There are a few material things that I take for granted. I’m pretty content as long as I have an abundant supply of coffee and paper towels. (We have toilet paper, but we don’t have napkins or tissues, so a paper towel meets all my needs from a fake plate to a stiff handkerchief.) It’s almost always hot in southern Texas so I can’t imagine being here without air conditioning. And running water is a huge plus. I forget how much I like water until we don’t have any.
Our first winter in Texas was spent in an almost new, but not very well insulated, Class A. Our pipes froze up for a couple of weeks. As many of you know, that led to me planting myself in a variety of flower pots at Walmart,searching for the perfect fit. That flower pot catches rain/air conditioning water now which came in handy this past week when our canister blew up and we needed to pour water in the inside outhouse.
Really, though, we’ve kept that flower pot for 2 1/2 years just in case… It’s hard to find a pot to use as a pot(ty) that’s lightweight and will still hold this much weight!
We were only without water for 6 days this time. The part arrived from Florida yesterday and you would have thought we’d been waterless for a month. We were so excited we just kept grinning and turning the water on and off and on and off. Really.
The washer was surprised by the change and began frenetically blinking F-09 signals at me.
This had never happened before and pushing every button, two at a time even, didn’t calm it down. I read the manual and Heidi unplugged it. After a couple of minutes, she plugged it back in and it calmed right down.
Having a stack-able washer and dryer in this RV has been a blessing but getting to the plug-in place is complicated. Heidi crawled into the closet and disappeared completely. You know how in Narnia, Lucy hides in the wardrobe and behind the clothes are the coats, and behind the coats there’s snow and a lamppost!?
Well, here, behind the clothes are the coats, and behind the coats you might expect snow because there are piles and plies of scarves. Heidi got pretty caught up in the knitting while trying to unplug.
I’ve covered only a portion of Heidi’s activities over the past few months. I can sum mine up as primarily being a cheery LARGE sofa pillow. I have to shake myself off every hour or two so the caliche doesn’t form a layer on my lap.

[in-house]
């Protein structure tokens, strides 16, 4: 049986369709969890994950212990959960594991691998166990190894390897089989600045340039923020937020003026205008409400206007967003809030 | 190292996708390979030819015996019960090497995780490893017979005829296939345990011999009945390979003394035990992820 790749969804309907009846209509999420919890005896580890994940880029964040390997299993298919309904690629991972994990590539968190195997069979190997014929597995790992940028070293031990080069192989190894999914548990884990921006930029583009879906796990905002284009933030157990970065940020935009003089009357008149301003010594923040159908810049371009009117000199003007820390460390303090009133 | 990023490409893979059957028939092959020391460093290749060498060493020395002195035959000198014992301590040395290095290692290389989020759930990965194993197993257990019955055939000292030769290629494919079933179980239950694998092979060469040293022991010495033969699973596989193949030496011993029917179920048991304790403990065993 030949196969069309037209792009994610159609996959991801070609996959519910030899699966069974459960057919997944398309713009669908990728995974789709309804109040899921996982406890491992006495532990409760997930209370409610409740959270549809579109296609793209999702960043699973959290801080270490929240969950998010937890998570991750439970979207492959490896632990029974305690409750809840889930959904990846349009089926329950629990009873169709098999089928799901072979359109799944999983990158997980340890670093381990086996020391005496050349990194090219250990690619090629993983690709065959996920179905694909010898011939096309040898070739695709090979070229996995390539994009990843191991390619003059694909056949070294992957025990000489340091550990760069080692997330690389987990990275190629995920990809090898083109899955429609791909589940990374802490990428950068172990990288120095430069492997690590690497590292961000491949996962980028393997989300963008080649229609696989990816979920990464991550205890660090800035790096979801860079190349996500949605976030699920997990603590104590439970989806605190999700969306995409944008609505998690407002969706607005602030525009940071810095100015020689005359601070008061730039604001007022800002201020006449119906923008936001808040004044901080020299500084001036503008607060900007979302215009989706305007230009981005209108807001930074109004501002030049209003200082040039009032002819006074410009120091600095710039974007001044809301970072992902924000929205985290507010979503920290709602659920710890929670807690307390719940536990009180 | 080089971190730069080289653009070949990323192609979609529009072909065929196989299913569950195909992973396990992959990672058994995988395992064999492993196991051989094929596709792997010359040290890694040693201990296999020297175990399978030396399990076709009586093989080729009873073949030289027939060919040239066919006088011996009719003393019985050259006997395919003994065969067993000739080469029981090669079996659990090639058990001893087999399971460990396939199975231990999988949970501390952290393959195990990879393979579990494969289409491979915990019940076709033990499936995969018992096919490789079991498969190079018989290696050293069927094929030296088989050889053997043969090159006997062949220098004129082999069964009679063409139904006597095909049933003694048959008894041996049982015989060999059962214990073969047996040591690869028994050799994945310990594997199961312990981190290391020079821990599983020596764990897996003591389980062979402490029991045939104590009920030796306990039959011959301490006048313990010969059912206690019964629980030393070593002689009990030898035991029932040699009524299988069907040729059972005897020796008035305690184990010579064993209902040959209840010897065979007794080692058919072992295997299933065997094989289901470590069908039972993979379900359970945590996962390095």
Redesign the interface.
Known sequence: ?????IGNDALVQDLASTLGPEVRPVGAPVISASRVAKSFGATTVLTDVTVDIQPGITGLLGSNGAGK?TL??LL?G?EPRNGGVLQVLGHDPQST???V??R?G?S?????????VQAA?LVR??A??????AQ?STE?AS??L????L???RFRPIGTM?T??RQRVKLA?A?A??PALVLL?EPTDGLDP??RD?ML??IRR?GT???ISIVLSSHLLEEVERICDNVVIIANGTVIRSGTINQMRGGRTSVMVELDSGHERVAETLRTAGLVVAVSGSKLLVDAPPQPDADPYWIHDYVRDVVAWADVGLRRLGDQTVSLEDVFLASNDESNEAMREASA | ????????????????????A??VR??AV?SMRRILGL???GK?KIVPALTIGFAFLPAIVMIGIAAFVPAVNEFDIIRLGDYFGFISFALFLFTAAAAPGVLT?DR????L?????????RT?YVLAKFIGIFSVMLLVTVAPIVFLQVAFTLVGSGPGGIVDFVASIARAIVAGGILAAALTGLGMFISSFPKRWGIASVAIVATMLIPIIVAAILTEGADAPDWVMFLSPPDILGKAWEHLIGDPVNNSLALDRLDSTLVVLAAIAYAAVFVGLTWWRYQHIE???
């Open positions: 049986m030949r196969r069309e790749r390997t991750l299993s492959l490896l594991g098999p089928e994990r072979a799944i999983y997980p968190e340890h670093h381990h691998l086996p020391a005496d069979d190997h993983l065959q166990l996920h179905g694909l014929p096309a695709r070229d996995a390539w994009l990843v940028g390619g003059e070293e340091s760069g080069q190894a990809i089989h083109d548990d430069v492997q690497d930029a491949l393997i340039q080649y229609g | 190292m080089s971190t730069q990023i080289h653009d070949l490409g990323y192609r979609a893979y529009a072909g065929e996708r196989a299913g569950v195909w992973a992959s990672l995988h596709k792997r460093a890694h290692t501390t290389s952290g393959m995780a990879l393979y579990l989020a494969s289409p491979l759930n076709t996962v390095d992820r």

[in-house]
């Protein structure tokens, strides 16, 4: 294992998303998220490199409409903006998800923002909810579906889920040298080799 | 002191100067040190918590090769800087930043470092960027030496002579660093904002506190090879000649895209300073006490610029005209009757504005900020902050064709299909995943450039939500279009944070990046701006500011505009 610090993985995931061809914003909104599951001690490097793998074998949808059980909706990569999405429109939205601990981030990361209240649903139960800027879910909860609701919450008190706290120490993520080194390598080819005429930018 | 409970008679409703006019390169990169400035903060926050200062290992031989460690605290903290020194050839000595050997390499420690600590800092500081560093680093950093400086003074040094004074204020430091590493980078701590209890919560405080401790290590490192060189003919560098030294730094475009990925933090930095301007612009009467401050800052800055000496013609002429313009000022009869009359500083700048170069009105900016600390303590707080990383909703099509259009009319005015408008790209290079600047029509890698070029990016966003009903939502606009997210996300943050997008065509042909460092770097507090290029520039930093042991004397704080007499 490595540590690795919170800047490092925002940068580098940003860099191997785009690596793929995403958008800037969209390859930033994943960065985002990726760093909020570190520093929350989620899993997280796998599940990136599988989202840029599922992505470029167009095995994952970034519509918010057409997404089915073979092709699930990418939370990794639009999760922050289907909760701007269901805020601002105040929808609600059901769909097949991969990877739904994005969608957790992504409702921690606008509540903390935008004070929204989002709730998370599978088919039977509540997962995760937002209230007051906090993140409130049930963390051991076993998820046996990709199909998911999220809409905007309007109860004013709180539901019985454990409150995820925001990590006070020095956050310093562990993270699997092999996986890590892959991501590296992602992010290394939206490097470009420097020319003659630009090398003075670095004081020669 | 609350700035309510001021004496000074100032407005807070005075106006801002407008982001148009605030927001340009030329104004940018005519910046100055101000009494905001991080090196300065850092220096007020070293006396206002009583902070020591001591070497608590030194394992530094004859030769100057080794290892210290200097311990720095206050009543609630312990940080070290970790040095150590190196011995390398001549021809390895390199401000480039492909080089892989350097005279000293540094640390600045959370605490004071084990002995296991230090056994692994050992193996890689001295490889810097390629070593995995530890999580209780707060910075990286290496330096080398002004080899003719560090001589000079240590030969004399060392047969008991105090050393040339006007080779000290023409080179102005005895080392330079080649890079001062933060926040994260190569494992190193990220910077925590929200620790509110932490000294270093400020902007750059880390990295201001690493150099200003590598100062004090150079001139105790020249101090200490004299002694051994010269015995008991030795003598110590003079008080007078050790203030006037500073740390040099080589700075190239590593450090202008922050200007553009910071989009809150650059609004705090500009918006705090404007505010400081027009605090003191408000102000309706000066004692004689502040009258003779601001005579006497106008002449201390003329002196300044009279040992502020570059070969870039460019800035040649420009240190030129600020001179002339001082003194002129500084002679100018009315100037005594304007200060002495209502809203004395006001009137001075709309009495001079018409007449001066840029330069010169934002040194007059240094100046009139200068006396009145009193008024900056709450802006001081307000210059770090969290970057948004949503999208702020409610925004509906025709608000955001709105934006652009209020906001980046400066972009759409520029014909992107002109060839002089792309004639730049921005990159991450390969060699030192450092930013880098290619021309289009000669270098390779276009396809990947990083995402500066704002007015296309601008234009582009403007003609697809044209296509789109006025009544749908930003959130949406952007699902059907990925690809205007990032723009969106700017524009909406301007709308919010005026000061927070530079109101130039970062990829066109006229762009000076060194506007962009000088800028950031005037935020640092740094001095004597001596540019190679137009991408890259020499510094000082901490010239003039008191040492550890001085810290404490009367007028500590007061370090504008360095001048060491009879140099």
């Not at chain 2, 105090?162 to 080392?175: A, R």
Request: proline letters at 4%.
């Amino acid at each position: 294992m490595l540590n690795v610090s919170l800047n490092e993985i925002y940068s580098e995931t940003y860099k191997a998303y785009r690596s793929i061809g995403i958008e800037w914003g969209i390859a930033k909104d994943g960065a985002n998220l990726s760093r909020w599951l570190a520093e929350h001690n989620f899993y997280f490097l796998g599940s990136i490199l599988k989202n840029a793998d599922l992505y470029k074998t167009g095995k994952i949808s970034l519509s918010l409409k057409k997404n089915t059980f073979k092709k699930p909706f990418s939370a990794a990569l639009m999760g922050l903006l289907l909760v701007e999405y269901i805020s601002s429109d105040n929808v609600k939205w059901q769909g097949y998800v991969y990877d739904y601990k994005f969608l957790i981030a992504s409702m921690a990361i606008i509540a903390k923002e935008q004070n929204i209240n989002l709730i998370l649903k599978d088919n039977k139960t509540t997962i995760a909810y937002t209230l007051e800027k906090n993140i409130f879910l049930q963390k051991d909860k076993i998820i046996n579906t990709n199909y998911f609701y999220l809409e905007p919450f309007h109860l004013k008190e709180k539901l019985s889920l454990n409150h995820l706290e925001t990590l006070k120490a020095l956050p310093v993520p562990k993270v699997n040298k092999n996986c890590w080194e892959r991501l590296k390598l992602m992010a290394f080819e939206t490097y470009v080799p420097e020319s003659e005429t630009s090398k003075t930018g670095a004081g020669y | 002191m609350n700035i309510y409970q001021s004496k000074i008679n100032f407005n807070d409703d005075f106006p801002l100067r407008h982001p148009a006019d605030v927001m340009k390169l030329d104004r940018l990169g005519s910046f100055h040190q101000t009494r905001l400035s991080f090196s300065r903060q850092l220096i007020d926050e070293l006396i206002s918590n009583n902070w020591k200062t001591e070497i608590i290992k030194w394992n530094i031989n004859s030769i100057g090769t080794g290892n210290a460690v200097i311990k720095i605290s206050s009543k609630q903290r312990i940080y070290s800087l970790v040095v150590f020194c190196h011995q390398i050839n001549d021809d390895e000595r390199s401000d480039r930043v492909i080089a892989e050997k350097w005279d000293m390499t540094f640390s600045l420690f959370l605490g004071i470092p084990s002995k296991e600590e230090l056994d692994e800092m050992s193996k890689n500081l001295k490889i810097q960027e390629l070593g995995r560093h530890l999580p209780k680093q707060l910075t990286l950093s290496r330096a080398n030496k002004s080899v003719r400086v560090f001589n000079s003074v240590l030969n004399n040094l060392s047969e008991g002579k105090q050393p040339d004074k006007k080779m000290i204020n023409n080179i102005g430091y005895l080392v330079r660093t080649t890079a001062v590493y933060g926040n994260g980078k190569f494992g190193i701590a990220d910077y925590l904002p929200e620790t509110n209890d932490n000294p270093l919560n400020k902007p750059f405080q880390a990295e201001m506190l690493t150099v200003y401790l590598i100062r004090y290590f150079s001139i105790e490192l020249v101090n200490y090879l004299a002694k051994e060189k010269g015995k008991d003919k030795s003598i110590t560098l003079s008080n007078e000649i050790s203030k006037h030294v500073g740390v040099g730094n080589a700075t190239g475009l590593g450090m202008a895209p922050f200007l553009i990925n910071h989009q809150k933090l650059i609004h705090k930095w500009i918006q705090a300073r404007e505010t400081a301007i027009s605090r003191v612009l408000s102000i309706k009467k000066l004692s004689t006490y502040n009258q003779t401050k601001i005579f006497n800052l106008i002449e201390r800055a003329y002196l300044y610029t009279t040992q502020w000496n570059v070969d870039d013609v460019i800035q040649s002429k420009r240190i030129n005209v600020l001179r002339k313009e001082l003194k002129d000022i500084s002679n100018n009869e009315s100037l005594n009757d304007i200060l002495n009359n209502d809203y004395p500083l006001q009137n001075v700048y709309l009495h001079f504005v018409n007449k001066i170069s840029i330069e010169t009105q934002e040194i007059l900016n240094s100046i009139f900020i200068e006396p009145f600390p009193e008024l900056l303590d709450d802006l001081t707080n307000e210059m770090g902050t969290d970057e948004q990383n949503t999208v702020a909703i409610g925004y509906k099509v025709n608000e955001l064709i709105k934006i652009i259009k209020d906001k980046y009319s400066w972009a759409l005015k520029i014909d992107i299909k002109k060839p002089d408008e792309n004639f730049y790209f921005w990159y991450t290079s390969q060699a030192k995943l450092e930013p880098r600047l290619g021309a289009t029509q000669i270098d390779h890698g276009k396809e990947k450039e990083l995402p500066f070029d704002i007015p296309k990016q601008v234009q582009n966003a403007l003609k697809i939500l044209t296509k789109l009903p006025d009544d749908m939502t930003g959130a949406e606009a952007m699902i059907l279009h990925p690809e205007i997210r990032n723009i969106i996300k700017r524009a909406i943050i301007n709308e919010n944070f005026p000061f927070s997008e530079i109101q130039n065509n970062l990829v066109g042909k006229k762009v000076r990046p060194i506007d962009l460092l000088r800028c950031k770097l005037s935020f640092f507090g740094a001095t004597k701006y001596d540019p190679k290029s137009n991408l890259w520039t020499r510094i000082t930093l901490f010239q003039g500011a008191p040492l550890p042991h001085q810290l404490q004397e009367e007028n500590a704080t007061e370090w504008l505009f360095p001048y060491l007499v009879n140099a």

The only thing I’ve done since February, other than working my meager 10 hour night-shift and the ritual dusting of everything not breathing, is knit scarves. This is something of an ironic hobby since I live year round in Texas where no one needs scarves. It’s even odder because I don’t particularly like to knit.
I like to eat.
I like to eat when I watch TV and I really like to eat when I read.
I needed something to do with my hands that didn’t involve food. I’m too old and too poor to start smoking so, as some of you know, I sort of taught myself to knit. Just the very basics.
I can prop my Kindle on the arm of the chair and read and knit – as long as I keep it simple. I have friends who knit beautiful caps and hats and sweaters. I knit scarves. A lot of scarves.
I don’t want to count stitches because, well, then I couldn’t read. I can knit and pearl and page-turn pretty seamlessly.
The downside (other than the fact that there is zero demand for scarves in Texas) is that I’m often sitting in the near dark at night (this picture was taken in the daytime for your benefit). I usually only have a couple of pretty, but very dim, lights on.
This is what generally happens. I’ll read and knit. The bell will ring. I go out to the gate. I come back in and pour more coffee and read and knit.
A lot of the time everything is copacetic. Every once in a while I end up with the yarn either stuck to the Velcro on my vest or more often now, on my knee brace, and I drag the whole scarf-in-progress out the door with me. Sometimes it stays intact. Sometimes not so well.
Anyway, I repeat this pattern of knitting and reading and going to the gate and drinking coffee in the semi-dark about a dozen times every night before it occurs to me to turn on more lights and take a look at my project.
Sometimes I’m pleased. But quite often I find I’ve dropped a stitch about 47 rows back which leads to a lot of unraveling. I box the scarves up every few months and send them off to friends or family members in a colder climates to donate to the SA or a soup kitchen – and who wants to get a scarf with random holes every 40 or 50 rows?
The upside to dropping stitches is that the yarn last longer since I knit it twice, which saves us a little money.
Tomorrow or the next night, I have a story to tell you about my knee and the need to always be prepared but for now I’ll just leave you with this dieting tip that’s worked (sort of) for me: If you find your pants aren’t fitting, it might be time to take up knitting.